Cipher, A free open-source client-side encryption tool for cloud files, was updated today and provides some new features, such as password saving on Linux and custom installation flags.
Cryptomator is a Java tool for encrypting cloud storage files for services that do not support client encryption. The service runs on Windows, Mac, Linux, iOS and Android. It can be used with cloud storage services that sync with local directories, such as Dropbox or Google Drive (including in conjunction with Insync).
For encryption, Cryptomator uses AES with a 256-bit key length, while using password-based key derivation Scrypt to protect pass phrases from brute force attacks.
It uses WebDAV, FUSE (Mac and Linux only) or Dokany (Windows only) to provide unencrypted virtual drives and can be used to encrypt some important files or entire cloud storage data. Moreover, the tool can even support the creation of multiple vaults for the same cloud storage provider.
It is worth noting that although Cryptomator was created with cloud storage client encryption in mind, it may also be used to encrypt folders from the system or external drives. The new Cryptomator 1.4.12 released today brings password support. Use Gnome Keyring and KSecretService (KDE) to save on Linux. It is now also possible for users running Linux to automatically unlock Cryptomator-encrypted volumes at startup, but note that his features are marked as experimental.
To enable these options, click
More Options Button before unlocking Cryptomator Vault:
This Cryptomator version also adds support for custom install flags for FUSE and Dokany. This is required because it needs to allow FUSE installation
allow_root So Carbon Copy Cloner on Mac (running as root user) can access the Cryptomator vault, which is installed by default only for the current user. Of course, this is also useful for various other use cases.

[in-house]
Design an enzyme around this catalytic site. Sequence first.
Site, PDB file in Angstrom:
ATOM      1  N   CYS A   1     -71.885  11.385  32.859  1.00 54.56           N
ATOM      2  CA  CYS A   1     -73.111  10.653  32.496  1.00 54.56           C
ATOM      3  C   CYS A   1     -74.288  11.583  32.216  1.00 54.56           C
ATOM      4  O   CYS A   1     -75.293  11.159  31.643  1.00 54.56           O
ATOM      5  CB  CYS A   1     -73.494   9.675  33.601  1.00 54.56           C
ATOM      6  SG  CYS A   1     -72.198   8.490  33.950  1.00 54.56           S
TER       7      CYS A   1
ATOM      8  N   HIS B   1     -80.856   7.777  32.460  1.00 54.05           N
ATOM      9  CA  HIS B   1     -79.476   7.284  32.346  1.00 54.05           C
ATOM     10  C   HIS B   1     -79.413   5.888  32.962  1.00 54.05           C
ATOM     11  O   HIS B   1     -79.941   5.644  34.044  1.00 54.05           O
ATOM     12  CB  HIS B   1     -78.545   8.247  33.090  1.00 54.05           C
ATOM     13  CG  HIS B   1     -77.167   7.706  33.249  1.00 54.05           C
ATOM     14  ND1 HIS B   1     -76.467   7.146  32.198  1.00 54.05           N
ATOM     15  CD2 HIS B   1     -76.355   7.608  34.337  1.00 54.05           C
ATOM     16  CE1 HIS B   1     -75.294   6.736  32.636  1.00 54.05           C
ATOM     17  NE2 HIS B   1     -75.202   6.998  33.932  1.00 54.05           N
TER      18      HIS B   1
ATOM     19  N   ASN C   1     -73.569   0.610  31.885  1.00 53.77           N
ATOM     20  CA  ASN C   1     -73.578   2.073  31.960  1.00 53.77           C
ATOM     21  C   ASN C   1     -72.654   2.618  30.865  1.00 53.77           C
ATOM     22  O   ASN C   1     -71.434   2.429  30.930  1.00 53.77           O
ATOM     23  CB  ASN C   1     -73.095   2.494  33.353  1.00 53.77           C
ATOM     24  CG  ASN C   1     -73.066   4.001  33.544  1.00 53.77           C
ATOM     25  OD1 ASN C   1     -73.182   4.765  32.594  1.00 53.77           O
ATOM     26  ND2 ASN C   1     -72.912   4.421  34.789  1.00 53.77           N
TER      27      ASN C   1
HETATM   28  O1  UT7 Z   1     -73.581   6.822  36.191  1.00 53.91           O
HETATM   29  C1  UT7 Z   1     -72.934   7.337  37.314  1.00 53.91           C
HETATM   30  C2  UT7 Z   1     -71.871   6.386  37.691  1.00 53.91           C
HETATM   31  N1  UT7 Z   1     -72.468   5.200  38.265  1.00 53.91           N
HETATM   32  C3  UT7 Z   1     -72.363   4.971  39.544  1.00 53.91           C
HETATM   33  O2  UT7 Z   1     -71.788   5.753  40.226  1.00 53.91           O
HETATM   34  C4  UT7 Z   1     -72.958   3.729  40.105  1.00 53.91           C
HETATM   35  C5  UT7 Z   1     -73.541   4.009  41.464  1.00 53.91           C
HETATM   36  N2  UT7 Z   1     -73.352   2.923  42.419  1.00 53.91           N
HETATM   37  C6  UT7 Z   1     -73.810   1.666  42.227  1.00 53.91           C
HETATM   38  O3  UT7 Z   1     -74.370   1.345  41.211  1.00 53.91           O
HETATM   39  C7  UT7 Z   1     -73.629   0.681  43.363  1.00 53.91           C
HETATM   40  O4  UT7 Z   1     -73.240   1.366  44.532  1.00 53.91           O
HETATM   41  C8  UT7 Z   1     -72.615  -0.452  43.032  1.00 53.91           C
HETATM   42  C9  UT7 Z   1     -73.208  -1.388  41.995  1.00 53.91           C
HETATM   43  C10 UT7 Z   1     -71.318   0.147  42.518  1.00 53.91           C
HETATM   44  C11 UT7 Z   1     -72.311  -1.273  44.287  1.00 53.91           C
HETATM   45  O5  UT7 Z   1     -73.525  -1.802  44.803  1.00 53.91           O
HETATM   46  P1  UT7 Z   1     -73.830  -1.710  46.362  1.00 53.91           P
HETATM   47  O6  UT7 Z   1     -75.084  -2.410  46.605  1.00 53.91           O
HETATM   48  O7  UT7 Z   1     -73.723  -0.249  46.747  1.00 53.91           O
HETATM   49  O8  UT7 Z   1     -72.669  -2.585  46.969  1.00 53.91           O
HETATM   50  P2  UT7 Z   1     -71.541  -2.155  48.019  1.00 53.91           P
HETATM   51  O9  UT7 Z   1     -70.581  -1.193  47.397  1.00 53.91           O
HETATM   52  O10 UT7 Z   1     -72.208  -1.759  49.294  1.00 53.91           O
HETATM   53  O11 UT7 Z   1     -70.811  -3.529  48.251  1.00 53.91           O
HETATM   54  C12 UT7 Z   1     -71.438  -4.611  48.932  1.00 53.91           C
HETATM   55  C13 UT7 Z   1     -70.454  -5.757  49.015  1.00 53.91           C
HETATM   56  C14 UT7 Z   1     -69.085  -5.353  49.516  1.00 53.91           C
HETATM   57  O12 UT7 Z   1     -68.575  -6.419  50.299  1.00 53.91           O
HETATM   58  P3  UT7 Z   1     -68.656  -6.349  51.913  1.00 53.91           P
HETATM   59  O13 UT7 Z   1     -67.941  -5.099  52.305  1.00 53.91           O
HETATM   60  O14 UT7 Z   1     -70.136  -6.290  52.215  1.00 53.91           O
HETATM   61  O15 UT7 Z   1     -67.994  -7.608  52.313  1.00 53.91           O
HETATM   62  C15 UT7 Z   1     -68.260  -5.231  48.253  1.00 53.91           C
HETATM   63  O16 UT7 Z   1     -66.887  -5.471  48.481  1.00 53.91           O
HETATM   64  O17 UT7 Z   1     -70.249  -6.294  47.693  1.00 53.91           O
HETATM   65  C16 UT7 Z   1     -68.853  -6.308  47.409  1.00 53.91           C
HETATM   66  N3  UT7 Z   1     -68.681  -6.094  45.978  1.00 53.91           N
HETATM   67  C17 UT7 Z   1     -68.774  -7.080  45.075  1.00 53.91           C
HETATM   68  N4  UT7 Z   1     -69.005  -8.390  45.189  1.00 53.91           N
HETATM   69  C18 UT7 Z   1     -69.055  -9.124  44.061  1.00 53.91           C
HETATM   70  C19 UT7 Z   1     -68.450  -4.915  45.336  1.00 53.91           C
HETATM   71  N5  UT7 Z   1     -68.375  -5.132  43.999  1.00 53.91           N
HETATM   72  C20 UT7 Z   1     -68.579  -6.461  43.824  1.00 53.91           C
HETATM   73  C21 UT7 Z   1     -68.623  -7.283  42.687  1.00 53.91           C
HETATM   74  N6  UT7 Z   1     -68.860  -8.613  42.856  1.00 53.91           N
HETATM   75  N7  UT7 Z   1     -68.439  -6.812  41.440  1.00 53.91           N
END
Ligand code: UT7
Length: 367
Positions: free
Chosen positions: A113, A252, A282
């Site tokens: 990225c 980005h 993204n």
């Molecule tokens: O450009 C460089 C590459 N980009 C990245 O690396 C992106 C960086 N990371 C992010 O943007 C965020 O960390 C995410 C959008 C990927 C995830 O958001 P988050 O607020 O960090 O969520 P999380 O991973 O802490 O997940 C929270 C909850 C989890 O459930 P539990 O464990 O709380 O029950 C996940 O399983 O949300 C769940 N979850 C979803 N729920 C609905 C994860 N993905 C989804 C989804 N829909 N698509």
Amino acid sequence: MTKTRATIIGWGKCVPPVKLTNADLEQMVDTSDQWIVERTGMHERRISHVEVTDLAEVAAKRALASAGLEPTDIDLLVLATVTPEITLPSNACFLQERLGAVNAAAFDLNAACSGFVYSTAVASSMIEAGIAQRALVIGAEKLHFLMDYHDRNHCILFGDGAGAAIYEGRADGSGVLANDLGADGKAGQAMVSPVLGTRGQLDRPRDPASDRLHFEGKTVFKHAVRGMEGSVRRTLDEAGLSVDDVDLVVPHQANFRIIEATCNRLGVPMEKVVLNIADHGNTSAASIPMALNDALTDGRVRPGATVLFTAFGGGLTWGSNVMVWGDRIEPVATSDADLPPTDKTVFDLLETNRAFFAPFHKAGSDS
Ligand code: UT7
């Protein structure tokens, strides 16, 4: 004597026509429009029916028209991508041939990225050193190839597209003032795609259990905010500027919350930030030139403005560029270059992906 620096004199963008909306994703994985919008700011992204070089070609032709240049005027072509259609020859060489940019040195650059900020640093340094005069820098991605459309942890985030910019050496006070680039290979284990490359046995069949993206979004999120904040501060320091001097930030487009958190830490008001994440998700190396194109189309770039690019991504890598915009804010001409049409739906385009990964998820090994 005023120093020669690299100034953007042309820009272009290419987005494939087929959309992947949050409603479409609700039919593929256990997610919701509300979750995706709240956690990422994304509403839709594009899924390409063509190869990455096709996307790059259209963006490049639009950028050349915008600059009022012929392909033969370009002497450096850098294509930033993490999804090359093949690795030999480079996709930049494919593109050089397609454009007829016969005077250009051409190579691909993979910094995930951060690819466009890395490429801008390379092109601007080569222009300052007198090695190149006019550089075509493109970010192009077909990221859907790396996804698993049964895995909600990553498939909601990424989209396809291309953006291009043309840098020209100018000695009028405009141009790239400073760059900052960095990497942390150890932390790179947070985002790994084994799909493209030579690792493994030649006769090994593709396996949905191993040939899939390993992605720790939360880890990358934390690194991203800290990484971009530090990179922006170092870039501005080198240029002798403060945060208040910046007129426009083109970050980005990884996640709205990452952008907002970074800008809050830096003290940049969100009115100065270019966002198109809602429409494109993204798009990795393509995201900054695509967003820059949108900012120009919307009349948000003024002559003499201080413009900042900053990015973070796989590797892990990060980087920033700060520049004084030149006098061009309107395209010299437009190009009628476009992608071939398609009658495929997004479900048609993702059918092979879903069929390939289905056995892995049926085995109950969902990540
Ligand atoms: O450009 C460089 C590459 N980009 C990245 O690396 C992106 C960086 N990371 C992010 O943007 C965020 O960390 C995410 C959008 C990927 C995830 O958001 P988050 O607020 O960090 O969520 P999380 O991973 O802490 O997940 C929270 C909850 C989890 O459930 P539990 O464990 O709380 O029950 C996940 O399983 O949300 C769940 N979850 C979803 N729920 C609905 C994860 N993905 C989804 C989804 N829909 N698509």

As with the “Save Password” feature, this custom install flag option is available at
More Options (Available before installing the vault).
Other changes in Cryptomator 1.4.12
- Added Spotlight index on Mac. This can be enabled using a custom install flag (using
-olocalSpotlight then starts indexing the volume)
- Fixed drive letter assignment on Windows
- Added launcher script to buildkit to use Cryptomator via JAR
The download page provides the AppImage binary for Linux, as well as Ubuntu / Linux Mint PPA (not yet updated, but may only apply to new versions of Ubuntu 18.04), and the Aur package.
To run the Cryptomator AppImage binary, you need to make it executable:
right click -> Properties -> Permissions -> Allow executing file as program (Or similar; it depends on your file manager). Now, if your desktop environment / file manager allows it, double-click the Cryptomator AppImage file to run it. In a desktop environment that does not allow double-clicking the AppImage file to run, open a terminal, then drag and drop the Cryptomator AppImage file into the terminal window, then press
Enter. You can also enter
./cryptomator-1.4.12-x86_64.AppImage Run it from the folder where AppImage is located.
To easily run the AppImage file and integrate it with your Linux system (including automatically adding application menu items), you may need to check out the AppImageLauncher.
Need a quick start guide to encrypting cloud storage data with Cryptomator? See this article (scroll down to the “How to use Cryptomator” section).
Crypto related articles about the Linux uprising:
- EncryptPad: The secret encrypted text editor
- Cloaker: Easy file encryption with Windows, macOS, and Linux support
- How to use VeraCrypt to encrypt USB drives (compatible with Windows, macOS, and Linux)
- How to encrypt home folder in Ubuntu 18.04 or 19.04